Next Gen Onchain Gaming with User-Generated Logic

Next Gen Onchain Gaming with User-Generated Logic

By Modeo

The next level of blockchain gaming is here. In this article, I'll explain the significance of Treaty from a game design perspective. Through on-chain social contracts, we can now expand the dimension of user-generated content and tap into a new realm of possibilities: user-generated logic (UGL). Until now, most people's impression of blockchain gaming was that it only helped to financialize the game. With Treaty, we want to demonstrate that financialization of assets is not the limit of blockchain gaming.

A game, at its core, is built on a set of rules, or physics, that are agreed upon by all players. The simplest example of this is rock-paper-scissors, where each option wins or loses against the others. Complex games, such as PlayerUnknown's Battlegrounds (PUBG), have thousands of rules that define how players interact with the game. For example, bullets that hit players in the head cause more damage than bullets that hit players in the chest. This mimics real-life physics, and is universally accepted without the need for explicit consent. The combination of this and other rules, such as the blue zones, makes PUBG one of the most successful battle royale games.

User-generated content (UGC) has been a staple in the gaming industry for years, with classics such as The Sims, Civilization, and Football Manager utilizing it to great success. However, due to the nature of game physics requiring universal consent, UGC has been limited in terms of players' creative potential. In Civilizations, for example, players have great enthusiasm for creating mods. Many mods such as Harmony in Diversity improve game physics. However, they only apply to players' local machines and require all players to sync on the same mod set in multiplayer games. There’s no way that those mods can be directly merged into the real game. As a result, local mods are not the most scalable usage of players’ efforts, which could’ve been applied to a greater audience. It’s reasonable that it is the way it is, because not all players would like to participate in this new set of physics that they didn’t purchase the game for.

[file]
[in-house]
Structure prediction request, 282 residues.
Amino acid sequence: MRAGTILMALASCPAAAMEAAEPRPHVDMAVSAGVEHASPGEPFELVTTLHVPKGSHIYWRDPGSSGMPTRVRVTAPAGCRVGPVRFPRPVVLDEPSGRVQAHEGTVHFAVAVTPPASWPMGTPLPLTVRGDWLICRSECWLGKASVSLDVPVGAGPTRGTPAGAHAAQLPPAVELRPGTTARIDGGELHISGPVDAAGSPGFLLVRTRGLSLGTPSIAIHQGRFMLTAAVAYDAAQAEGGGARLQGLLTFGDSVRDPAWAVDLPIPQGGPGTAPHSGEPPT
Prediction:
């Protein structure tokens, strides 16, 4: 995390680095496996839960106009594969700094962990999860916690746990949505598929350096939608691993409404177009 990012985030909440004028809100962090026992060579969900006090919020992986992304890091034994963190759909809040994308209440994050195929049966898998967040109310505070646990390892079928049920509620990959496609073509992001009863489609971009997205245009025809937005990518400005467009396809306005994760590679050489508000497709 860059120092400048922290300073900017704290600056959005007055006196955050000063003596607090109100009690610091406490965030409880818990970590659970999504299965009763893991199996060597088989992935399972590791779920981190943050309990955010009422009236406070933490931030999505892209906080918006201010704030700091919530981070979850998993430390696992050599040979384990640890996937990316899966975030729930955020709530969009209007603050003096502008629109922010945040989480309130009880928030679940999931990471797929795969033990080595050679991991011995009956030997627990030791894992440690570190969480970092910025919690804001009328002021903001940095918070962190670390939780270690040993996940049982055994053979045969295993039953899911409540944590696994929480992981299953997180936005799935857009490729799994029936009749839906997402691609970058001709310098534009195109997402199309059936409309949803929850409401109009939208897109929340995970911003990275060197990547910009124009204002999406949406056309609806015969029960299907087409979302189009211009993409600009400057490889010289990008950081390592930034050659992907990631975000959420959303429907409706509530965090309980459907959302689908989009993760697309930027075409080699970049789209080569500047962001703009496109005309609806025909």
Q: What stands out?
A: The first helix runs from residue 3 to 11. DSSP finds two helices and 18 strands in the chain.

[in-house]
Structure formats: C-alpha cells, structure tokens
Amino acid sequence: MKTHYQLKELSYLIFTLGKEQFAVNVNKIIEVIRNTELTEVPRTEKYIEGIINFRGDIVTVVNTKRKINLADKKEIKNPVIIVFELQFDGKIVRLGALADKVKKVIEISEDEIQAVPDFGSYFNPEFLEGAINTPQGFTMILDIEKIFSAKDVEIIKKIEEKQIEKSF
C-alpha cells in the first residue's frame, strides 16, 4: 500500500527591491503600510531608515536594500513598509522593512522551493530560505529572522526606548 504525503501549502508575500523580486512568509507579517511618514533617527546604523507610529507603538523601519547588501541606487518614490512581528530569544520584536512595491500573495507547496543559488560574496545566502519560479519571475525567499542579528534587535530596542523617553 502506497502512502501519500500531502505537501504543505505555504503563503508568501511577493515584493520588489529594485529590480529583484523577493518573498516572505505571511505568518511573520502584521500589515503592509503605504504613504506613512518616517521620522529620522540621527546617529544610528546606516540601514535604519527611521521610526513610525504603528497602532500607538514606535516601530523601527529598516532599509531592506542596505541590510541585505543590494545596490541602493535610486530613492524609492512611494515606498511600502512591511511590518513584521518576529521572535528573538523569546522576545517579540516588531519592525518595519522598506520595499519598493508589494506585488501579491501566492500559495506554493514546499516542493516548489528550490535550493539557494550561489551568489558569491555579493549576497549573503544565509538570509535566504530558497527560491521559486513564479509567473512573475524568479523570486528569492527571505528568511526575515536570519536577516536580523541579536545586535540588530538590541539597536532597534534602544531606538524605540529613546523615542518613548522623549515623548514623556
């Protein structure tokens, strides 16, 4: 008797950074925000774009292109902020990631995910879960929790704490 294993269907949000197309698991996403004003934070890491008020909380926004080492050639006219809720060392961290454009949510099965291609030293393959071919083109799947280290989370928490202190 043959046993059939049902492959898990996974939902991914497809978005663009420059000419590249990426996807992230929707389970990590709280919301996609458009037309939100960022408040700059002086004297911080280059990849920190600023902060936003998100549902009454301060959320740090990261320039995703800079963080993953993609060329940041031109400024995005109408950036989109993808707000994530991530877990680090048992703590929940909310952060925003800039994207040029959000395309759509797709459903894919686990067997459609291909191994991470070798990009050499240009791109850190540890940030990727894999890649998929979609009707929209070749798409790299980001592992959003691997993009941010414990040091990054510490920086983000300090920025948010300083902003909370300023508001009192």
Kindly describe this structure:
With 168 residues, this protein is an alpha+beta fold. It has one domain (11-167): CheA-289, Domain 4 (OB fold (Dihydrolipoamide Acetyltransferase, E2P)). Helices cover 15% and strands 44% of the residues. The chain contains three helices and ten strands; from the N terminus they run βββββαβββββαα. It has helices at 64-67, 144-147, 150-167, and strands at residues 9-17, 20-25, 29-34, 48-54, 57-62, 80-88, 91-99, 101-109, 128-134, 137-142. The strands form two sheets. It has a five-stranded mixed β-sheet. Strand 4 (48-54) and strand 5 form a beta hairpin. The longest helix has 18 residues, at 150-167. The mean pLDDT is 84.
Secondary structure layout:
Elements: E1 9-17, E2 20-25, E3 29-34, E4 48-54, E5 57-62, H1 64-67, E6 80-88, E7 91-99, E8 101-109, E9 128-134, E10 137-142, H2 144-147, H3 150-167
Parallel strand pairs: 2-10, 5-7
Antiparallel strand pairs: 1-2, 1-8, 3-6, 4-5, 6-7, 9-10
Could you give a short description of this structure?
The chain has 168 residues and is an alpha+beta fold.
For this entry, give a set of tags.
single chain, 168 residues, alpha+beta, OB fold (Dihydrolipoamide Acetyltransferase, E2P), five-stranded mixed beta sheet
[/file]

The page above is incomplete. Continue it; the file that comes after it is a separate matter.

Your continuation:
It is understandable that mods rarely live in the global game state, as players often don't have a full understanding of a game's mechanics. For example, in Rise of Kingdoms, despite players working together to uncover the battle logics behind the game, there is still no consensus on how different troop types counter each other in different scenarios. It would be disastrous to allow players to tune physics based on incomplete information. This is another reason why we have seen mods that change physics only live locally on players' computers, and those that do get injected into the global state are mostly for cosmetic purposes.

Despite the barriers to designing game physics, players have always been participating in a broad scheme of game design. It's not just about playing by the rules; we're constantly building on top of them. For example, in Civilization, although there's no effective alliance system by design to coordinate between nations, players often reach verbal agreements among themselves for their own purposes. Two nations close to a stronger civilization may collaborate informally. In many other 4x games (like CoC, LoK, RoK, etc.), with an inherent alliance design, the “council”, unsatisfied with the framework given by the game studio, have gone wild to come up with a whole internal management system of their own. Social contracts like these that operate on game physics are very common in all genres of games, especially 4x/MMO games; we just don't always realize it, since there hasn't been a popular consensus machine for players to make their work tangible until the emergence of smart contracts on-chain.